Make Whole Provision and the Future of Trade Demands

written by @iancmclaren

As NHL CBA talks really begin to heat up, one of the main sticking points remains the so-called ‘make whole’ provision, an interesting way of saying that the NHLPA is demanding that all contracts agreed to under the previous system (which saw players receive 57%) will be paid out in full.

In the words of Lightning captain Vincent Lecavalier:

You sign a deal, the honourable thing to do is keep your word. That was something that was a huge discussion (among the players) and with everybody. You sign a deal. You want the team to honour it.

You sign something. It’s a mutual agreement. It should be honoured. (from the Toronto Sun)

Dany Heatley Wild

(Dustin Bradford/Icon SMI)

While many on the outside looking in would consider that to be more than fair, the issue becomes murky when you consider the case of Dany Heatley and the Ottawa Senators. If you may recall, Heatley requested a trade back in the summer of 2009, one year into a 6-year extension and around the time that he was to earn a $4 million bonus from the team. After refusing to waive his no-trade clause for a deal that would have sent him to Edmonton, Heatley was later shipped to San Jose for a package that (at the time) was viewed as lesser than what a guy like Heatley could bring to the table.

A similar scenario unfolded this past year between Rick Nash and the Columbus Blue Jackets, and in light of the ‘make whole’ language, one can’t help but wonder what kind of onus is on the players moving forward in terms of honouring the deal that they signed with their respective clubs.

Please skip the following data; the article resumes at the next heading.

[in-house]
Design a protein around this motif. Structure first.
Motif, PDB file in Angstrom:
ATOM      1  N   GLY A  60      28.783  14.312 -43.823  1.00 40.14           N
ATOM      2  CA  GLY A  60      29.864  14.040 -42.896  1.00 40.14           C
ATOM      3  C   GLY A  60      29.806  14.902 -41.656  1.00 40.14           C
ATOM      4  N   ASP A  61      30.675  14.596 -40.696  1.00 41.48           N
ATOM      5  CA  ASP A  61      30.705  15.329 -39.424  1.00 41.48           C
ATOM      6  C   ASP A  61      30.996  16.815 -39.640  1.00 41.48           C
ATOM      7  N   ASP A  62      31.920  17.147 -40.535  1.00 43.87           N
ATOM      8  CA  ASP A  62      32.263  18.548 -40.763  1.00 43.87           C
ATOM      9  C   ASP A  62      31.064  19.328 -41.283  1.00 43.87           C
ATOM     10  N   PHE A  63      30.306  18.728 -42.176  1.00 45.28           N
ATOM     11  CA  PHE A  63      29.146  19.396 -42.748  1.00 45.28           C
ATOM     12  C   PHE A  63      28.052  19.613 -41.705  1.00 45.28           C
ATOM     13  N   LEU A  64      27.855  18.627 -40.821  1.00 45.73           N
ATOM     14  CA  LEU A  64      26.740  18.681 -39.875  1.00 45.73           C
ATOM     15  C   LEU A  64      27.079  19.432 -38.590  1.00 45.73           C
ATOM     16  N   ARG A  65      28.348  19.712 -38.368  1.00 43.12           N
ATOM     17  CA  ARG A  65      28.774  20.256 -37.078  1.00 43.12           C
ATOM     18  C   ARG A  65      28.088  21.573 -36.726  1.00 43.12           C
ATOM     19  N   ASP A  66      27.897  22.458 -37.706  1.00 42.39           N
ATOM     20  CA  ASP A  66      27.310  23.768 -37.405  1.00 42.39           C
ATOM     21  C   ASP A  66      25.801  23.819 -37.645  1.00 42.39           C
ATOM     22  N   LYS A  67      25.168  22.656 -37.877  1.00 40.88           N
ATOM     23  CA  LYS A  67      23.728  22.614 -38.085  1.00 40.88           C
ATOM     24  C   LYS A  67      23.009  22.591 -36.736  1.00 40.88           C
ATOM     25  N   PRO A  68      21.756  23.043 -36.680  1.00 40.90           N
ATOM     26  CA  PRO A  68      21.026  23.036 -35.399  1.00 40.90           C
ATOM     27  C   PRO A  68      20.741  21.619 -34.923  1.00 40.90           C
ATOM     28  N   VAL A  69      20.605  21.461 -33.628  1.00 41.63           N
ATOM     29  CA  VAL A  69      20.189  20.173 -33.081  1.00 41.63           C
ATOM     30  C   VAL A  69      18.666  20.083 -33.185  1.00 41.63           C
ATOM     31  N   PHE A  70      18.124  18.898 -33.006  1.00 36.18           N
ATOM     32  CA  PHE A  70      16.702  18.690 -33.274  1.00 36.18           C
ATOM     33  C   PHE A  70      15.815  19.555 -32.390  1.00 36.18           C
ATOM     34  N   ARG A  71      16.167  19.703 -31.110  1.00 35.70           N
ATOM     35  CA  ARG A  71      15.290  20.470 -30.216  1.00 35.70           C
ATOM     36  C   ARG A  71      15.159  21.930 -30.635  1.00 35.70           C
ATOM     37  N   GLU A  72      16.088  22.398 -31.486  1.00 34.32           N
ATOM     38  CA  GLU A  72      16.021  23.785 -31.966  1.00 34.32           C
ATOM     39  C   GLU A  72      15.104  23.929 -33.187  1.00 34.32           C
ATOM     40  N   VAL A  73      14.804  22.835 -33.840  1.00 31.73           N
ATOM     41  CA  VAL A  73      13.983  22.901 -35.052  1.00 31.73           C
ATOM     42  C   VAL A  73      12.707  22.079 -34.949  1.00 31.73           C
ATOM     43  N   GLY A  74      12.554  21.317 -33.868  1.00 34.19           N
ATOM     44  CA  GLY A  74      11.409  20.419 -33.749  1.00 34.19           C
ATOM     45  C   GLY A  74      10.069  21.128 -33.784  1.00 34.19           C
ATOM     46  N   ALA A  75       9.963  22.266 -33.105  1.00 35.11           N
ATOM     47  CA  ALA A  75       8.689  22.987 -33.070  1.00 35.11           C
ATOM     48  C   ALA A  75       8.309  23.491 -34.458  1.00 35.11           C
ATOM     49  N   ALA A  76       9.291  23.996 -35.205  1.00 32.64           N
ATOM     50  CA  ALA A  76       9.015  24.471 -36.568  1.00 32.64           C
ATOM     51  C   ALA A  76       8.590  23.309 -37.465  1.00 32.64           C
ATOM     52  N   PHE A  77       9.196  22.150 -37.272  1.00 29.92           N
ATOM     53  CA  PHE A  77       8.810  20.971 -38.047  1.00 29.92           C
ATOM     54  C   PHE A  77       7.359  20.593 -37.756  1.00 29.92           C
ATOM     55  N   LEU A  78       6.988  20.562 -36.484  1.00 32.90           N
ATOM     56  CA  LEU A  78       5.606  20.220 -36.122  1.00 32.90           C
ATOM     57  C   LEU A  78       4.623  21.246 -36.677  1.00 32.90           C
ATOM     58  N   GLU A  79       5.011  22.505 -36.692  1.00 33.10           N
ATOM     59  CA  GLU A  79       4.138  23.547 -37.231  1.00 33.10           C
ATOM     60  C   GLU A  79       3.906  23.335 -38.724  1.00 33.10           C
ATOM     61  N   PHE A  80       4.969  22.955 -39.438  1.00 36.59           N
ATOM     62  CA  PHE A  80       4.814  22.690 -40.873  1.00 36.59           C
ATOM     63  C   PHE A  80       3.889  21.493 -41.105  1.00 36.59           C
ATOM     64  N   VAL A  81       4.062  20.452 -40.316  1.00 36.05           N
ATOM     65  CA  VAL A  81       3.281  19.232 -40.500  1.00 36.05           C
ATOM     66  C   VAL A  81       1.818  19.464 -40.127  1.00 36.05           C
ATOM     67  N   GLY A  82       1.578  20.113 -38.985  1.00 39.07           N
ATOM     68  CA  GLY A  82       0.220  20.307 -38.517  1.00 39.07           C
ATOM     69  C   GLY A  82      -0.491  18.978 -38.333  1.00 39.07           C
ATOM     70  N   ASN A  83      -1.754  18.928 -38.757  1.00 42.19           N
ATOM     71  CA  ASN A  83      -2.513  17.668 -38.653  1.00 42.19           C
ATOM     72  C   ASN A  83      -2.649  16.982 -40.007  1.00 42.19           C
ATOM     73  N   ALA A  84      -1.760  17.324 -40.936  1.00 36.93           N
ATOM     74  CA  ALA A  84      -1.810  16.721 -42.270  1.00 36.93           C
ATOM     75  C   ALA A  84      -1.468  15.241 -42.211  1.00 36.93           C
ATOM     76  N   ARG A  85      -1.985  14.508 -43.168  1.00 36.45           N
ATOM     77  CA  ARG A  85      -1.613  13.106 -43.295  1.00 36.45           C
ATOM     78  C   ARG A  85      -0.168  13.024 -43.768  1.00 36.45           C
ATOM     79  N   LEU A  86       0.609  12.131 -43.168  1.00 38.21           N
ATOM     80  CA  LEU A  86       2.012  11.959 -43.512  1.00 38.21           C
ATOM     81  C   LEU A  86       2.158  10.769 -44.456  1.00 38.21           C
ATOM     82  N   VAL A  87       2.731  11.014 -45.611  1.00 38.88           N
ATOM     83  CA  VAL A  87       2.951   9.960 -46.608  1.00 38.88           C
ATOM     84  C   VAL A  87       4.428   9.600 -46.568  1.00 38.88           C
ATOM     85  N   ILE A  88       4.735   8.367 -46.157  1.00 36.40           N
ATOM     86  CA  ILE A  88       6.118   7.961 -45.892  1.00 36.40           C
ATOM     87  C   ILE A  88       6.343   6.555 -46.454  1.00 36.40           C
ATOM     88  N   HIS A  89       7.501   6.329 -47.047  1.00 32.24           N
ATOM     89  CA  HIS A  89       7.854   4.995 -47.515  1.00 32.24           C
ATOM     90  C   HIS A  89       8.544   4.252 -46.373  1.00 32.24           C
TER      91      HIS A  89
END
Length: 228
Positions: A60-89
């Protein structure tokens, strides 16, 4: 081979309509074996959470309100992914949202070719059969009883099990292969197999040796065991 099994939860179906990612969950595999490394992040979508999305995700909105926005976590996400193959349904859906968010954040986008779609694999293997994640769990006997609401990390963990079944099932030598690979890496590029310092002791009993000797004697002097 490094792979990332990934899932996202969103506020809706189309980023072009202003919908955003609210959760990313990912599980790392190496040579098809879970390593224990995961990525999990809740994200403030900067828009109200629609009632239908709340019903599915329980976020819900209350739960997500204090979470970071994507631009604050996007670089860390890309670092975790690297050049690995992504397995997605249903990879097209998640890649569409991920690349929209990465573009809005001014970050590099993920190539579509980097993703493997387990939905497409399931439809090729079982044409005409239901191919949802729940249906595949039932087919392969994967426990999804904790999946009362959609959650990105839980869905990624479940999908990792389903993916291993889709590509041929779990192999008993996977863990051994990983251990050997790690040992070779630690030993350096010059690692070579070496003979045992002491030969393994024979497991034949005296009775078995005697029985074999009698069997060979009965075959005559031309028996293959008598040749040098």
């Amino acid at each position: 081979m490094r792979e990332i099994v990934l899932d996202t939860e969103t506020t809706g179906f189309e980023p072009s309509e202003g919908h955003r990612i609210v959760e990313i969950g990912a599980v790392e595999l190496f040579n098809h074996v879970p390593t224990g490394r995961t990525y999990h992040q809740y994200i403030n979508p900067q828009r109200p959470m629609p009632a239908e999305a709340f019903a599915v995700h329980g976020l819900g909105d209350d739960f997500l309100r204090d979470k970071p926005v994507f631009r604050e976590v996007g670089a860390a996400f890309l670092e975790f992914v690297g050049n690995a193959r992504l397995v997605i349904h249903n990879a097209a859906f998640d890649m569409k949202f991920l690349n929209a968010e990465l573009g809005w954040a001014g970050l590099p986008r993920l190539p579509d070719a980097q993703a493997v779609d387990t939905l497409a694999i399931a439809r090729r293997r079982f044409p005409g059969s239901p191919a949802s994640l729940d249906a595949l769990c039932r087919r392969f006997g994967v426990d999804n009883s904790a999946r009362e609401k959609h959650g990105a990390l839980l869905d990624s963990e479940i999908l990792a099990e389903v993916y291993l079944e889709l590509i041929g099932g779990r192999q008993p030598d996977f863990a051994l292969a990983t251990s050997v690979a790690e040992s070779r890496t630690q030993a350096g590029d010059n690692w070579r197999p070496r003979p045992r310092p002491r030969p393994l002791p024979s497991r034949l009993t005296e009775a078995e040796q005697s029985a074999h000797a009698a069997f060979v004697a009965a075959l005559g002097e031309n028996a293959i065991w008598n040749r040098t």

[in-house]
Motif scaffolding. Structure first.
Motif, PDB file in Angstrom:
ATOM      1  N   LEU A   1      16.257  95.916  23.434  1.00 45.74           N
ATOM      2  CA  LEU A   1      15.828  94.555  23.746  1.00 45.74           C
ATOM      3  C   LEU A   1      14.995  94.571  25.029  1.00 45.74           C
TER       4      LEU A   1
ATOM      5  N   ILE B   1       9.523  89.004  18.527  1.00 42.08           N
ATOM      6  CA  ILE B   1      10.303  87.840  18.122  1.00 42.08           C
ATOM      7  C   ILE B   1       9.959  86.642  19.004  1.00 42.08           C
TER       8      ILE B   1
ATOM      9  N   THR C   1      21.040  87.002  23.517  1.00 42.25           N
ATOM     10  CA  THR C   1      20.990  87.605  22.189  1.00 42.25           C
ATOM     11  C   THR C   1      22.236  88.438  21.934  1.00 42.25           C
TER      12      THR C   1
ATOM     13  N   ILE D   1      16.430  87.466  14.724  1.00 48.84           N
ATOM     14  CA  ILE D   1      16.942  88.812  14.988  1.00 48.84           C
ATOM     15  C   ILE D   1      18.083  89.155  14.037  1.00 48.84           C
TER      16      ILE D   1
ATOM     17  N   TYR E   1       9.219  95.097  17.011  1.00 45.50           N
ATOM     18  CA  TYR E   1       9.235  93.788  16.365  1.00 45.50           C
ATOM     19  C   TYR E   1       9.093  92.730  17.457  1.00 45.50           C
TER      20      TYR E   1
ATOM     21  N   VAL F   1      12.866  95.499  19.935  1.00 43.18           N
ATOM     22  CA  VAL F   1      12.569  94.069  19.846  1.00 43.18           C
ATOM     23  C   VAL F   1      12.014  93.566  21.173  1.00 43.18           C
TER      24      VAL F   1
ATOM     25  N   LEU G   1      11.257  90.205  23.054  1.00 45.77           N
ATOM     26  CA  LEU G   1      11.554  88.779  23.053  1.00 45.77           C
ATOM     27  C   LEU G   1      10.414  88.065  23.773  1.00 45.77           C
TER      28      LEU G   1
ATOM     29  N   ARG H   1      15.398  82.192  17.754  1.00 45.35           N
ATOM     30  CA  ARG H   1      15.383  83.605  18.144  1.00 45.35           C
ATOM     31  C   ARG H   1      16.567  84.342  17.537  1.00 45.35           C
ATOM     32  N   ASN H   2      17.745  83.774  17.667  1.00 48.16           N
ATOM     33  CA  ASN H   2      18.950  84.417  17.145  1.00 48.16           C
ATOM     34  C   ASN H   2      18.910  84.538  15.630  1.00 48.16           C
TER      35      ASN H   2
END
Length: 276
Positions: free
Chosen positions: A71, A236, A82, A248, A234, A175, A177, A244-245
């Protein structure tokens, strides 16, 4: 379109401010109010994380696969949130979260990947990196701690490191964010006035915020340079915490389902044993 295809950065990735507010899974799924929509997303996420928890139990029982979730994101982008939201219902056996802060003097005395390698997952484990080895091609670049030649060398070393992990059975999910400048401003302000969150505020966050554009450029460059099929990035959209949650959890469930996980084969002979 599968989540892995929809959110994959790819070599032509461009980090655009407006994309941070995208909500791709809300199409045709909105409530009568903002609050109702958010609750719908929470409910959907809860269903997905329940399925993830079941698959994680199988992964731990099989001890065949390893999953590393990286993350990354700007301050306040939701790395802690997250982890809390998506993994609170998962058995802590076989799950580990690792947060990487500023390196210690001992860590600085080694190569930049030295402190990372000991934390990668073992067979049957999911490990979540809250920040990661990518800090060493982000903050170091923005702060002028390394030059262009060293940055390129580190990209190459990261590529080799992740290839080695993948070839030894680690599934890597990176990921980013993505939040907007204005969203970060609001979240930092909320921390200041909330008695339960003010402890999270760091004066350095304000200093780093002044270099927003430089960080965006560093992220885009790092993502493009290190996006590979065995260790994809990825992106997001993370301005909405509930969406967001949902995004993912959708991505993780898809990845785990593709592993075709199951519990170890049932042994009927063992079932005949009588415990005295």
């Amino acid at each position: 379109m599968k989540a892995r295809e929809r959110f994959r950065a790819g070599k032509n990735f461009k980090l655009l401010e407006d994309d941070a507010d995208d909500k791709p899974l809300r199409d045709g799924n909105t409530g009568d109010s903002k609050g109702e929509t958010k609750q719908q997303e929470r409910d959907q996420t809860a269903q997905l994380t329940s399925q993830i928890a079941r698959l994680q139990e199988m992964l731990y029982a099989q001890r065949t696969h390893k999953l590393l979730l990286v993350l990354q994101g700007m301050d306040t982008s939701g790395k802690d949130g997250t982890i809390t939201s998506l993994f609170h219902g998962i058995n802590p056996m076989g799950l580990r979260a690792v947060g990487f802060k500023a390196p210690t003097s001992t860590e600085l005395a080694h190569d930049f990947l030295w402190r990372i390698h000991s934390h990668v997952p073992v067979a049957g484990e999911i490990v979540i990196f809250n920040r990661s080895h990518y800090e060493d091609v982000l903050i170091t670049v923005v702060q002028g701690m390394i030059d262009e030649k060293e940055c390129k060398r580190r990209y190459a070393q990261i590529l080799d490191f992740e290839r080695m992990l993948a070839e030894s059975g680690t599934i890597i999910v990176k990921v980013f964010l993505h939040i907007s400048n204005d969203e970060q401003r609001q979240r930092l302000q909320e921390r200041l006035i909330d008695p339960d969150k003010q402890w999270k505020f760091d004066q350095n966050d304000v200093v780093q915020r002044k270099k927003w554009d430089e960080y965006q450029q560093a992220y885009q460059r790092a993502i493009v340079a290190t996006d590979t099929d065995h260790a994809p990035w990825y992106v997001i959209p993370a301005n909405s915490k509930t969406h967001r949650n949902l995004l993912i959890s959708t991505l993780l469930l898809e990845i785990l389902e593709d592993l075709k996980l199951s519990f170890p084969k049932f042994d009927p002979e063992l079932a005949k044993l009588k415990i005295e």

If Player X and Owner Y enter into a “mutual agreement” that “should be honoured“, then certainly hockey fans should not expect trade demands from their favourite players anytime soon, correct?

Further muddying those waters is the topic of trades in general, as players who sign deals in good faith and who expect to spend a good chunk of years in a certain city have indeed been prematurely evacuated (see: Carter, Jeff & Richards, Mike, and even Hossa, Marian in Ottawa). The difference there, however, is that even if a player is traded, the length and value of their contracts is upheld by the team acquiring them, and the traders are receiving a return that they deem to be equitable and/or beneficial to them; when a trade is demanded, rarely if ever does the team being spurned receive equal value for the player in question, even if they may benefit from having his contract taken off the books.

A player like Robert Luongo likely won’t finish his career in Vancouver, but (the possibility of an amnesty clause aside) he will earn what’s owed to him when traded if the players can successfully push for this ‘make whole’ clause. Even Heatley, now in Minnesota, is still living off the contract that he signed with Ottawa. On the flip side, however, teams can be set back for years if a star player demands a trade, especially in such a way that their trade value is lessened by the fact that everyone knows they’re available.

Certainly there’s a case to be made for owners having to step up and make good on contracts that they have signed, for better or worse. At the same time, and in the name of mutuality and honour, players should also be held to that same standard, seeing their contracts through to the end with the understanding that, without the benefit of a no-trade clause, they may indeed be moved but with the totality of their contracts also in tow. Otherwise, the players too should ensure that the full term of their contracts is indeed ‘made whole’.

Because the funny thing about mutuality is that it literally goes both ways.

Ian C McLaren

Ian C McLaren

NHL News Editor at theScore
NHL News Editor at theScore / General Contributor for THW.
Ian C McLaren
Wonder if Saint Patrice feels as though he's in purgatory these days. - 21 mins ago
Ian C McLaren
Ian C McLaren

Latest posts by Ian C McLaren (see all)

One Comment

Subscribe to our mailing list

* indicates required Email Address * Name Email Format html text mobile